Book Review - Savoring The Seasons of the Northern Heartland

Thursday, August 20, 2009


Savoring The Seasons of The Northern Heartland (200 Recipes Blending Bold, New Flavors With The Traditional Food Of The Upper Midwest) By Beth Dooley and Lucia Watson.

There is a disclaimer on this review. I LOVE regional cookbooks. They are my favorites. We lived for many years in Minnesota (our oldest son still lives there). I love the land and the people of Minnesota. So, with that in mind, I (being a very biased reviewer) LOVED this book. The book contains more than 200 seasonal recipes from the upper Midwest--Minnesota, Michigan, Iowa, and North Dakota. It includes delicious old-fashioned recipes that reflect the immigrant mix (Scandinavian, German, Eastern European, Scottish, and Welsh) of the upper Midwest, as well as charming old pictures, stories, and oral history from local residents. The recipes are a mix of old, hearty fare and updated, intriguing culinary creations that tell the story of the farmers and millers who settled this land and came to make it home. This book was published in 1994. After checking it out of our public library, I was able to find a copy on ebay.

Earlier this week we had a meal from this book. The recipes were simple, the food delicious. No better review than that!



IOWA CHOPS WITH SAVORY RUB

The dry rub in this recipe is made with spices and salt that penetrate the meat with flavor. It's also delicious used to flavor larger cuts of beef, pork, and lamb.
2 bay leaves
1 tablespoon freshly ground pepper
3 cloves garlic, peeled
1 tablespoon dried thyme or 1/4 cup chopped fresh
2 teaspoons ground cloves
1 tablespoon ground nutmeg
1 teaspoon ground cinnamon
1/2 teaspoon ground cardamom
4 thick premium loin pork chops (10 ounces each)
1 tablespoon olive oil
1 tablespoon each, butter and olive oil or just olive oil

In a coffee grinder, spice mill, or blender, process the bay leaves, pepper, garlic, thyme, cloves, nutmeg, cinnamon, and cardamom until completely blended. (The bay leaves will not be totally crushed.) Rub the chops with the olive oil, then rub the spice blend over all the chops. Cover and set aside for about 30 minutes to 1 hour at room temperature. Sear the chops in a butter/oil in a heavy skillet over high heat about 3 to 4 minutes per side, until they are golden brown. Place the chops on a cookie sheet and bake in a preheated 400 for about 30 minutes, or until the juices run clear.

BRAISED RED CABBAGE WITH APPLE AND BACON

3 strips bacon or 2 Tbsp butter or vegetable oil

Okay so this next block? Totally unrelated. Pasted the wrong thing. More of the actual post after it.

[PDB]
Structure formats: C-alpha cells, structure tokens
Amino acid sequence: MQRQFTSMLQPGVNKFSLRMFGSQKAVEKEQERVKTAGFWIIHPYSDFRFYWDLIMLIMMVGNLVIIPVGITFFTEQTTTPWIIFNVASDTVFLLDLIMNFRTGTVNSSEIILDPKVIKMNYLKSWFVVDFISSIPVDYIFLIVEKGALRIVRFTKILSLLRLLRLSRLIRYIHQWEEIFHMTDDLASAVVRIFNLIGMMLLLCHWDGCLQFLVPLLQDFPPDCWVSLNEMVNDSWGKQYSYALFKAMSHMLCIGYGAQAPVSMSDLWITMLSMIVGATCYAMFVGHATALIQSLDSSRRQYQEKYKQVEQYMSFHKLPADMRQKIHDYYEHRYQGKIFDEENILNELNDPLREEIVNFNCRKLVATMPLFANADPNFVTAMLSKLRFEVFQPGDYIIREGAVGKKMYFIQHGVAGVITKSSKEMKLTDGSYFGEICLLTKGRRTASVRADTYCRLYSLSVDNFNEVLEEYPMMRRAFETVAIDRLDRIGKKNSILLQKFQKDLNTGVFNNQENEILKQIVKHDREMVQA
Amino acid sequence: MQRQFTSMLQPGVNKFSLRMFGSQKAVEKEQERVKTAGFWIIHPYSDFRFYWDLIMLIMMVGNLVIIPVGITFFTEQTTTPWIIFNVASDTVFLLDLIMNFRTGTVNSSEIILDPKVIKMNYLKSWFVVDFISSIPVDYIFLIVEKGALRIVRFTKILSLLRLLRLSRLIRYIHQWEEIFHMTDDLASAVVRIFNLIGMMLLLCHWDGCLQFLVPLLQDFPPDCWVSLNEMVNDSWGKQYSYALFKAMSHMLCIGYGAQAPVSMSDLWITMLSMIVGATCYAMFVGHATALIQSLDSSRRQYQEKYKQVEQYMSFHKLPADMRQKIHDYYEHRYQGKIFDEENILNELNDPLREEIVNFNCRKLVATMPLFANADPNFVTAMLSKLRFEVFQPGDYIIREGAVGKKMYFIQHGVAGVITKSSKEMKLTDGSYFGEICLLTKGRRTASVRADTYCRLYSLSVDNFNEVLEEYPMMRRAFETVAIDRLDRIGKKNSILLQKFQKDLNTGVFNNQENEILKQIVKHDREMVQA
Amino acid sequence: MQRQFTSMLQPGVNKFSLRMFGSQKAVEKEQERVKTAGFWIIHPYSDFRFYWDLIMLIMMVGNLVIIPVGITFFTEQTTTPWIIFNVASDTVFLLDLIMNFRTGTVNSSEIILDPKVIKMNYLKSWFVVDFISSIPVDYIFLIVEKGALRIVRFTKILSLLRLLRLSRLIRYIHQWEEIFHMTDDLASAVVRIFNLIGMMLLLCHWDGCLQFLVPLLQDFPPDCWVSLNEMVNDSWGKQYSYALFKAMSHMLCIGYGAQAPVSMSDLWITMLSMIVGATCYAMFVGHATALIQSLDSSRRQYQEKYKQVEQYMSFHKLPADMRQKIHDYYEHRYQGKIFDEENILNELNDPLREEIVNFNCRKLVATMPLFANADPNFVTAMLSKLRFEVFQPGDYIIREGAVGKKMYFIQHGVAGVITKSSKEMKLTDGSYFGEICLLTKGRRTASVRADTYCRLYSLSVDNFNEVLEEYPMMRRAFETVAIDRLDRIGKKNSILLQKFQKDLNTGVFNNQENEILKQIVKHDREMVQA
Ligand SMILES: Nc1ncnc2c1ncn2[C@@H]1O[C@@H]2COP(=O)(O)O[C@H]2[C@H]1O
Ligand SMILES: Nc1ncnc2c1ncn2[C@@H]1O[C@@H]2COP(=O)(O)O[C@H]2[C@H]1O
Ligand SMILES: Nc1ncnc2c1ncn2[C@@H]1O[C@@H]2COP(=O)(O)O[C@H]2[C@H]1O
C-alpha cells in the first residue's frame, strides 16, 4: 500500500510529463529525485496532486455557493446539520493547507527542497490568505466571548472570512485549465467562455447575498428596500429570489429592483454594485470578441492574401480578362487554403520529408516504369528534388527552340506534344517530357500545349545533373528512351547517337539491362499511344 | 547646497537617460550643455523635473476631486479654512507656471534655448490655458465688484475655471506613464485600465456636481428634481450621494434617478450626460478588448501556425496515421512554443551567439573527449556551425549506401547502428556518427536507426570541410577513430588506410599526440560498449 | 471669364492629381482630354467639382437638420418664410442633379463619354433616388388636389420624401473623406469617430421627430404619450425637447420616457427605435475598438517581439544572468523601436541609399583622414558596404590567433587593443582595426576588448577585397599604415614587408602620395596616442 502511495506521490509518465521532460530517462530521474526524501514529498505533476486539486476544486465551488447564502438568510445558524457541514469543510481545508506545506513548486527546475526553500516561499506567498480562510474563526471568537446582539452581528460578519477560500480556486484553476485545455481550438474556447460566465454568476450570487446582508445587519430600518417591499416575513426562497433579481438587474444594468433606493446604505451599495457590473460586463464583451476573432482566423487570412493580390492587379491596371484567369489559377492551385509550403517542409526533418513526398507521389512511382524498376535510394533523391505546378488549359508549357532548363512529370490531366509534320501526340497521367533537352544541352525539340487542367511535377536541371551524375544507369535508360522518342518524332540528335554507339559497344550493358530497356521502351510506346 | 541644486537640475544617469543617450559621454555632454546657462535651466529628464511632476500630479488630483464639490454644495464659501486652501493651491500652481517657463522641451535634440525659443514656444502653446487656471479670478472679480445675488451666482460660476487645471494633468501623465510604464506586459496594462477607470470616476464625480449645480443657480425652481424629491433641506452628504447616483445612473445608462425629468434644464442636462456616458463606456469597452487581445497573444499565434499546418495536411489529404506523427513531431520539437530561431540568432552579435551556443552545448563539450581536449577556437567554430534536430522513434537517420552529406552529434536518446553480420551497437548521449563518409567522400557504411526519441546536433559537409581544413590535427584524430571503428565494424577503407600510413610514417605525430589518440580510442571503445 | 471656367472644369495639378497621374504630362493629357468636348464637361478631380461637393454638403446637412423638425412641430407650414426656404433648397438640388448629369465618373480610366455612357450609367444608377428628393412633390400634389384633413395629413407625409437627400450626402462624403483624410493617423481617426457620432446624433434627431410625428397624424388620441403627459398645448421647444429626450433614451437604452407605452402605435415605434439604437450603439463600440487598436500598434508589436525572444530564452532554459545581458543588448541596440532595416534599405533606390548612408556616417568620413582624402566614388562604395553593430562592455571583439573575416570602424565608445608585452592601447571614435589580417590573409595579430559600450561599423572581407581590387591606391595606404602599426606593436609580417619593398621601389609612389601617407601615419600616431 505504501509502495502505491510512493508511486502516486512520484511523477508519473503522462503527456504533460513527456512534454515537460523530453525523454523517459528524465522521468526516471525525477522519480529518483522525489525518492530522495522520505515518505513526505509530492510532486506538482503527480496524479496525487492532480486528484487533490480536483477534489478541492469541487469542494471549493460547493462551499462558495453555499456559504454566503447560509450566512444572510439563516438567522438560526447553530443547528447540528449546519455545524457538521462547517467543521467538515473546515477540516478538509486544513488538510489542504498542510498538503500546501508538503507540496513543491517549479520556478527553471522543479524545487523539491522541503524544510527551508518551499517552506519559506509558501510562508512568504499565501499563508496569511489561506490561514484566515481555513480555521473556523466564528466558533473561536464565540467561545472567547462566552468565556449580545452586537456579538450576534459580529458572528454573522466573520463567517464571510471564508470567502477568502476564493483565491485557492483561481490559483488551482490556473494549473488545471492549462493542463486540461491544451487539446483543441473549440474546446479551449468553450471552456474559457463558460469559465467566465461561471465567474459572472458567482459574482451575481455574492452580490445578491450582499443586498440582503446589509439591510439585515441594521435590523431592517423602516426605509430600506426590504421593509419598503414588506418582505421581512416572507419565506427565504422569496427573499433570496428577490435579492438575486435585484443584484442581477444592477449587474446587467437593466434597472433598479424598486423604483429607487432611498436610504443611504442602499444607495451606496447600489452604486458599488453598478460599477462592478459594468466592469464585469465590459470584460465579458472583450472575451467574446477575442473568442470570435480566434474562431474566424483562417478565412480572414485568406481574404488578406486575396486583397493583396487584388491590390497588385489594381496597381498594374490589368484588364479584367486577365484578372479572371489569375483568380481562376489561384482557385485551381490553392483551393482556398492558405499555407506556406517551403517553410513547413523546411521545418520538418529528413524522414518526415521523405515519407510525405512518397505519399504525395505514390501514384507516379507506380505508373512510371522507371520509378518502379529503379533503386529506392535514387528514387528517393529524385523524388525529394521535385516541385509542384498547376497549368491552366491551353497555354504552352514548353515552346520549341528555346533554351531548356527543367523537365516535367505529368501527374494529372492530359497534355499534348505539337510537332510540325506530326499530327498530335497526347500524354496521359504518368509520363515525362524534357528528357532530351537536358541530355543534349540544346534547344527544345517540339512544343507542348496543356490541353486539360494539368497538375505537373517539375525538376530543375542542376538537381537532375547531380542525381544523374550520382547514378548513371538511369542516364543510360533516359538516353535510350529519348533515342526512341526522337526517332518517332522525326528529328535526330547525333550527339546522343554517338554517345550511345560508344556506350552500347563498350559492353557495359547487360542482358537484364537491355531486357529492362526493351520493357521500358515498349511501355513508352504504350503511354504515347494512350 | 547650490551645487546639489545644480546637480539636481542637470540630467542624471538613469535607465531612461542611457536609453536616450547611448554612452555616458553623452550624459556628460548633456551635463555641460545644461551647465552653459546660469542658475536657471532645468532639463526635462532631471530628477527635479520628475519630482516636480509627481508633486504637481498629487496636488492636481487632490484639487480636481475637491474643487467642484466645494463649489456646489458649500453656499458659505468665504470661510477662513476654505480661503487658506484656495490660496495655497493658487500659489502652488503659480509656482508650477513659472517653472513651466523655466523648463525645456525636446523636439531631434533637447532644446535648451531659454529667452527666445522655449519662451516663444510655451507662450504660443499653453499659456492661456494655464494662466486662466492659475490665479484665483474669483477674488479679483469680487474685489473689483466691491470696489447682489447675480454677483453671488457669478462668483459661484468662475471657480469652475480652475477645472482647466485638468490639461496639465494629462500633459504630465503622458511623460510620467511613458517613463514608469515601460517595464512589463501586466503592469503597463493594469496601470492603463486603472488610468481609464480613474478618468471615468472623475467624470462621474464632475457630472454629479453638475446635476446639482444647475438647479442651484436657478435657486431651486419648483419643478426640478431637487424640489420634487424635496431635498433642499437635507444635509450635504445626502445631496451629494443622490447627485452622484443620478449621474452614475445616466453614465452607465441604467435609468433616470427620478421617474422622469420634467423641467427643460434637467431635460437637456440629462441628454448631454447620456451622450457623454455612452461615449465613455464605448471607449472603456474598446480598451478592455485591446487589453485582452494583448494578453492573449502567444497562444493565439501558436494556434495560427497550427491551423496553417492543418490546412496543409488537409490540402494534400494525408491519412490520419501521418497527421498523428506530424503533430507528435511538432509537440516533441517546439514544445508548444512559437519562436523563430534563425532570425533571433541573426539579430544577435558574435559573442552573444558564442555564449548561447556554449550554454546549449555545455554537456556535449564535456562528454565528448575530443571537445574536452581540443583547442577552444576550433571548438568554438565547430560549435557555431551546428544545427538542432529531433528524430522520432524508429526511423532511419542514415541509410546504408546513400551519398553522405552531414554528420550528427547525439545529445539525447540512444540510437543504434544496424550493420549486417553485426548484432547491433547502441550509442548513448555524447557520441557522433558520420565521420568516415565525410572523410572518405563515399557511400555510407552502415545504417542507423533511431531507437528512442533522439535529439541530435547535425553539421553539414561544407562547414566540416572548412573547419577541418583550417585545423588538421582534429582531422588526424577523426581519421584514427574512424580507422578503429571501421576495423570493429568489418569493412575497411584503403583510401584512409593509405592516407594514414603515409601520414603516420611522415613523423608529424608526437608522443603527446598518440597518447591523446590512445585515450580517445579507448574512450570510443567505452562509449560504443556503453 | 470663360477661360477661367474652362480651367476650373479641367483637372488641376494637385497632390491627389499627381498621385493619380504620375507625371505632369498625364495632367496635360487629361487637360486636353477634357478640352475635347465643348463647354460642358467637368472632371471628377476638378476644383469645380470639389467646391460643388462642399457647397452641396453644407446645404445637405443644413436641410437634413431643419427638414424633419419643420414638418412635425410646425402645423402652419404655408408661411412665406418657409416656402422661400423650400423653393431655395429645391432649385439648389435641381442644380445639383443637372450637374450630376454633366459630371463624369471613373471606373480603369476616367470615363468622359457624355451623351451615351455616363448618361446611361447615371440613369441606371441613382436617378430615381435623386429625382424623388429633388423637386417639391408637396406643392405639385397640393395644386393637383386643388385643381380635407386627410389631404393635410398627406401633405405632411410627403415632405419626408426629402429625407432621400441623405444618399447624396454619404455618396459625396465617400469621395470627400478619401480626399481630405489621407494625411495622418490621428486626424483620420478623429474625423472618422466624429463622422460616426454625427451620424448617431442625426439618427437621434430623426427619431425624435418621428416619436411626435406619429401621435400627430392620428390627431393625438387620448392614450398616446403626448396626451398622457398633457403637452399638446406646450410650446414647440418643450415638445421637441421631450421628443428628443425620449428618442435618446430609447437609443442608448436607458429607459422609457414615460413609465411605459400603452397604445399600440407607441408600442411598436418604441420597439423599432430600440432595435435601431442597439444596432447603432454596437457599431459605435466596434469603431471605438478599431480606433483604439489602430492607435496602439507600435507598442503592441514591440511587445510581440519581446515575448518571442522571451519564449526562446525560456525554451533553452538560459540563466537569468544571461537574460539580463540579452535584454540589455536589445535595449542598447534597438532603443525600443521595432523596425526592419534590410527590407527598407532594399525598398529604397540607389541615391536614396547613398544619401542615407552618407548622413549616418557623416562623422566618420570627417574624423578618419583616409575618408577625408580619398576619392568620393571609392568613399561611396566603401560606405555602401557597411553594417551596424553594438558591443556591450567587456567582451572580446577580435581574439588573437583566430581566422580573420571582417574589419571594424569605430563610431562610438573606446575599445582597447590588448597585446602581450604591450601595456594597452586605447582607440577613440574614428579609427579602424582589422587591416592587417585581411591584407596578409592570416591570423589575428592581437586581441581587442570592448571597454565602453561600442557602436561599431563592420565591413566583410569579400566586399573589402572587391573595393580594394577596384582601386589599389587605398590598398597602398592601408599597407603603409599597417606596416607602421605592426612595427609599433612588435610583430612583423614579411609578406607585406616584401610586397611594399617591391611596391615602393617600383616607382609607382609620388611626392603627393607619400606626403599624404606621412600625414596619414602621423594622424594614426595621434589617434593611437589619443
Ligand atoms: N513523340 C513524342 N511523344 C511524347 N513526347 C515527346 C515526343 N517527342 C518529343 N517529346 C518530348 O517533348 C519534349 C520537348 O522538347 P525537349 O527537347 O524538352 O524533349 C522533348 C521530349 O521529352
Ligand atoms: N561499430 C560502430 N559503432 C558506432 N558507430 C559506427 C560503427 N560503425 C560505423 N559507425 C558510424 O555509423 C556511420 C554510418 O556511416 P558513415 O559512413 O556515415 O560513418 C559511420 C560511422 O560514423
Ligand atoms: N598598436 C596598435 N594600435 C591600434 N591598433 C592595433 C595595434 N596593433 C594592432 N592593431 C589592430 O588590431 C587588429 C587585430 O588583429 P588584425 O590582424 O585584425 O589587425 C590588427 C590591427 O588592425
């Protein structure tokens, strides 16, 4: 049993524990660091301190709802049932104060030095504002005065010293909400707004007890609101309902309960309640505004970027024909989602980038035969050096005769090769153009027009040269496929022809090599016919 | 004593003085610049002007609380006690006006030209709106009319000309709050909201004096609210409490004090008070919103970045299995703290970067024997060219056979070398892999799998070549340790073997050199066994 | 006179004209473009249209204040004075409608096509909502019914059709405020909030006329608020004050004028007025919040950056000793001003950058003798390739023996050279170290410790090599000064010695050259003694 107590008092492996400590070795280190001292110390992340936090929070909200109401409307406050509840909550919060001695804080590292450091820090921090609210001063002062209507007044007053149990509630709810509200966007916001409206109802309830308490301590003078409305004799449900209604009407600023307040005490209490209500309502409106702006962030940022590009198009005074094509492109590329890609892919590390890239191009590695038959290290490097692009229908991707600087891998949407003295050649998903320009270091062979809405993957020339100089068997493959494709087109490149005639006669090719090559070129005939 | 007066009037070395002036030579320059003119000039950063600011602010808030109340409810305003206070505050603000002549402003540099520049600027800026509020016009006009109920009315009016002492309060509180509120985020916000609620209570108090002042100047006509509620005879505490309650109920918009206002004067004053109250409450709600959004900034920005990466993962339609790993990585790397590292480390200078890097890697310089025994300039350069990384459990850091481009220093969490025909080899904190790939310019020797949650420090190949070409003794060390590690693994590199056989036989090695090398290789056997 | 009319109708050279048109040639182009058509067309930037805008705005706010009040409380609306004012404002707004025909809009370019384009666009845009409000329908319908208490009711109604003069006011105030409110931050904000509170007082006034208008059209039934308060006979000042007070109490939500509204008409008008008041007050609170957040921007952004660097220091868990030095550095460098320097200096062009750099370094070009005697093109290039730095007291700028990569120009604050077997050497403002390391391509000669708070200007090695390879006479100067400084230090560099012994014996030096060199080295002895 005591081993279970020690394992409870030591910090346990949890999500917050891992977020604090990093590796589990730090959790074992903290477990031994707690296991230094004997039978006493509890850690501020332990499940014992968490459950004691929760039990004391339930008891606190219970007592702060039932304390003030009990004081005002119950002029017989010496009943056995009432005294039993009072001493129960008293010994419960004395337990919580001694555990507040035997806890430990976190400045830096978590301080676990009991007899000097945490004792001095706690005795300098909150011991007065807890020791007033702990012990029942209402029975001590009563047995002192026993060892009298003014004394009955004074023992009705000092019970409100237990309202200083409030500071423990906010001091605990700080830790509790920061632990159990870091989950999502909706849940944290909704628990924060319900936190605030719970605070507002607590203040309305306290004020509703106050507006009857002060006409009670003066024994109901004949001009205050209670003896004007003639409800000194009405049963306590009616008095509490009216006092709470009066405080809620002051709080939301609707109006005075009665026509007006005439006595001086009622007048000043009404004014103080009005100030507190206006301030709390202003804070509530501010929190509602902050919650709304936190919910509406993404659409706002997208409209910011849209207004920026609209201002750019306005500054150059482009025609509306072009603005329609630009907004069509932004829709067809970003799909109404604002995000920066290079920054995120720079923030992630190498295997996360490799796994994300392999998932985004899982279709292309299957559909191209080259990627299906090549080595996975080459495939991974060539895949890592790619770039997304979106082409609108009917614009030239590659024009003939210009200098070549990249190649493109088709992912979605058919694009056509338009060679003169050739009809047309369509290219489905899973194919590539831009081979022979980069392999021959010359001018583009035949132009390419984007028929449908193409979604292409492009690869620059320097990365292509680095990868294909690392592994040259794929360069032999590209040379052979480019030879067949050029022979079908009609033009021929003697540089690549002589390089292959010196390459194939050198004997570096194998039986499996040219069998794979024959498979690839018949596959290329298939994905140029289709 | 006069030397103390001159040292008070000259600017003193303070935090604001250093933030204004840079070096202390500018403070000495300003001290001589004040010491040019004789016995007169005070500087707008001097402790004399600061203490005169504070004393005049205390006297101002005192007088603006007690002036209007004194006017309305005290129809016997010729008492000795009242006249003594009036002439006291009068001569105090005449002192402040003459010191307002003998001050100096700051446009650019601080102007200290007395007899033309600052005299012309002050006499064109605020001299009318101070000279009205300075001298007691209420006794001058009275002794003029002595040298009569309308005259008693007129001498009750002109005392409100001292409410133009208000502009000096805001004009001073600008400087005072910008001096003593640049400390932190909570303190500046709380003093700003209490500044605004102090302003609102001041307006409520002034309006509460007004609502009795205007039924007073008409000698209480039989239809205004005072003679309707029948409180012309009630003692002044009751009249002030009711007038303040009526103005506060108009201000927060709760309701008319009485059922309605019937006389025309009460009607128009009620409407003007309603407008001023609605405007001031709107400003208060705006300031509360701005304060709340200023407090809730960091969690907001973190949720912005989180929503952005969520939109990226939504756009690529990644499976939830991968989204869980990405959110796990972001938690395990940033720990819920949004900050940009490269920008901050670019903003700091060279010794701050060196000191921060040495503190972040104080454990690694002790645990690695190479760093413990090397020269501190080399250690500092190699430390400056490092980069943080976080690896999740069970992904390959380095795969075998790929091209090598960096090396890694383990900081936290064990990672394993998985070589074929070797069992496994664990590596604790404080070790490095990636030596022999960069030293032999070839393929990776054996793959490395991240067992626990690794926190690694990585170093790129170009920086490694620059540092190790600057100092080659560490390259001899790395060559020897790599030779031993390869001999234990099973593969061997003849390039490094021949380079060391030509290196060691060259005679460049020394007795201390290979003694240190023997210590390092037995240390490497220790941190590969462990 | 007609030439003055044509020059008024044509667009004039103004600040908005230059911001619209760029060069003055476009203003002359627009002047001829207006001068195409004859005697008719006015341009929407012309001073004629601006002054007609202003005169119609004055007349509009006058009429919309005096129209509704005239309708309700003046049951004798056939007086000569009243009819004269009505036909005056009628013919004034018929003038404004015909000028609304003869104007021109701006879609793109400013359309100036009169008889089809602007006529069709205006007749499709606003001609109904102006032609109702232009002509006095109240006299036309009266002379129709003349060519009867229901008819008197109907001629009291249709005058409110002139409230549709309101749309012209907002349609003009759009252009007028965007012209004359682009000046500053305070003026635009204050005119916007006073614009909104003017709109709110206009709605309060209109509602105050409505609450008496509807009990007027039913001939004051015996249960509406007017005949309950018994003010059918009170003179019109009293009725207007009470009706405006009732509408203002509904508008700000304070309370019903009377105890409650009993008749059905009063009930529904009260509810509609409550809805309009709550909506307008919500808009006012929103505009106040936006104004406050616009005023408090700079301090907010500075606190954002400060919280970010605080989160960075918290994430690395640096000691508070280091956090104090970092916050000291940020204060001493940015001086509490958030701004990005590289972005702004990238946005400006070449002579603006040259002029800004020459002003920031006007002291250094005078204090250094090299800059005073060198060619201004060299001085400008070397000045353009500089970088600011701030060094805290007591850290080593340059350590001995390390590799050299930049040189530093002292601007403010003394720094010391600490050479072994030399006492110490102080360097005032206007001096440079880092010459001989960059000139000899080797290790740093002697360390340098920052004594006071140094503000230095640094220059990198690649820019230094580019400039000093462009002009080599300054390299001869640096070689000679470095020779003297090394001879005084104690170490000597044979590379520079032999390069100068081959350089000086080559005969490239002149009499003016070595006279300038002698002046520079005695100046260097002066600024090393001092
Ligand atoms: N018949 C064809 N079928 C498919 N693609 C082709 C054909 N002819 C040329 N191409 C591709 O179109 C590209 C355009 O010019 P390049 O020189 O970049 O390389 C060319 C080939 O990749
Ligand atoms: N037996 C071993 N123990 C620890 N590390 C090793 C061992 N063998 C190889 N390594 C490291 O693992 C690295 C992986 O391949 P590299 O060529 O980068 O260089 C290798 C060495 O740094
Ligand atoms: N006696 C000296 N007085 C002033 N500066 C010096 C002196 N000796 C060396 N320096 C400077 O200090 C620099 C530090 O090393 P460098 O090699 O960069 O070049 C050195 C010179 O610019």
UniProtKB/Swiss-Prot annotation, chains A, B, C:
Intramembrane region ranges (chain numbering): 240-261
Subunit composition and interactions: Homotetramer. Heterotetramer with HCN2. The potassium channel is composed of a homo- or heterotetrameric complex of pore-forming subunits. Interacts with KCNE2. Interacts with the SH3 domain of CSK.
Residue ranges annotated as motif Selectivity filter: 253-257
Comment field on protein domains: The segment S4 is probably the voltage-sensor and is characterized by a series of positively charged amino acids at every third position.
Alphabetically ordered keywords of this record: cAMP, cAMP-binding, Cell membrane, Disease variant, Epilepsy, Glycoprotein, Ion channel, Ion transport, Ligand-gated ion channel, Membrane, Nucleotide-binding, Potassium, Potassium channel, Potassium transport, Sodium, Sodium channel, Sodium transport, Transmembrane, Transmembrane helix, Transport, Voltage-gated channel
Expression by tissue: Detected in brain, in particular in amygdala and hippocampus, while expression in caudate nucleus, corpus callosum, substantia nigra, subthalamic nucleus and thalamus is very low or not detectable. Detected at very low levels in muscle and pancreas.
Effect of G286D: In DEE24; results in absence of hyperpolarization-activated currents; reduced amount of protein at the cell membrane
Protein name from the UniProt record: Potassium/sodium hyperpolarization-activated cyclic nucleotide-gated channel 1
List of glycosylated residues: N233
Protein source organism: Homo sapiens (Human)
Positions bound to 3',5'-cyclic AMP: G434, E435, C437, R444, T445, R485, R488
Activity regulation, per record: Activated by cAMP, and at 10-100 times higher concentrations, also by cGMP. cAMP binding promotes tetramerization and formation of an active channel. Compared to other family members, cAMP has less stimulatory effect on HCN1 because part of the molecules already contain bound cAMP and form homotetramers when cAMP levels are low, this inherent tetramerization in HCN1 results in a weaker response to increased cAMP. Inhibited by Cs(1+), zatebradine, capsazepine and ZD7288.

1 small yellow onion, peeled and thinly sliced
1 medium head red cabbage, shredded (I used green)
½ c cider vinegar
2 tart apples, peeled, cored and thinly sliced
½ c apple cider
4 whole cloves
½ c sugar
Salt & freshly ground pepper to taste

In a large, deep skillet, fry bacon (or if using oil or butter, heat over medium heat). Leave drippings in the pan and drain the bacon on paper toweling. Crumble the bacon and set it aside for garnish. Saute the onion in the fat until limp and brown. Toss the shredded cabbage with the vinegar, then add this along with the remaining ingredients except salt and pepper, to the pot and simmer, uncovered until the cabbage is tender, about 20 minutes. Season to taste with salt and pepper and serve garnished with bacon crumbles.



GINGERED FRUIT CRISP

2 c unbleached all-purpose flour
1 c brown sugar, light or dark
2 tsp ground cinnamon
1-1/2 sticks butter
1 c lightly toasted, chopped walnuts
1 Tbsp grated fresh gingerroot
Juice of 1 lemon
Grated rind of 1 lemon
1-2 Tbsp cornstarch, depending on how juicy the fruit is
¾ - 1 c sugar, depending on how sweet the fruit is
4-6 c fresh chopped fresh fruit or berries (I used pears and blueberries)

In a medium bowl, mix together the flour, brown sugar, and cinnamon, then work in the butter and walnuts to make a course meal to be used as topping. In another bowl, mix together the ginger, lemon juice and rind, cornstarch, sugar, and fruit, Turn the fruit mixture into a 2-quart baking dish or a 9-inch-square baking pan or 6 to 8 individual ovenproof serving dishes, and cover with the topping mixture. Bake in a preheated 350°F oven for about 20 to 35 minutes, or until the topping is crisp and brown and the fruit is bubbly.

6 comments:

  1. What a great blog, love your book reviews and the recipes are great.
    hugs,
    Donna

  1. Mary said...:

    hmmm...hmmm...good! I'm not really a cook, and recipe books are like Greek to me, but I do have a collection of tried and true recipes given to me by friends, so I'll give this a try, and I'll check back for more! Thanks so much for visiting my blog today...have a great week! Mary

  1. I love regional cookbooks, too -- and all those fundraiser ones from churches, PTAs, etc. The BEST recipes are in there, and they are usually REAL recipes that you'd actually make and serve.

    Without a list of 78 oddball ingredients!

    That fruit crisp looks mighty good right now. . . I'm feeling noshy.

    Cass

  1. Michelle said...:

    Oh I'm with you -- both the living in MN and loving the regional cookbooks. Definitely my faves! And that gingered crisp mmmmm yum. I could go for one of those right about now!

  1. Bill said...:

    I still cook out of the recipe books ladies of my home community put together back in the 1960's and 70's. My aunt self-published a cookbook that sold out (and then her "friend" made copies without permission and started selling them! ... long story!).

    Your recipes sound wonderful .. might just give them a try soon!

    Have a great weekend!

    Bill

  1. Lynn said...:

    The book looks wonderful, and the recipe even better! I love regional cookbooks, too.

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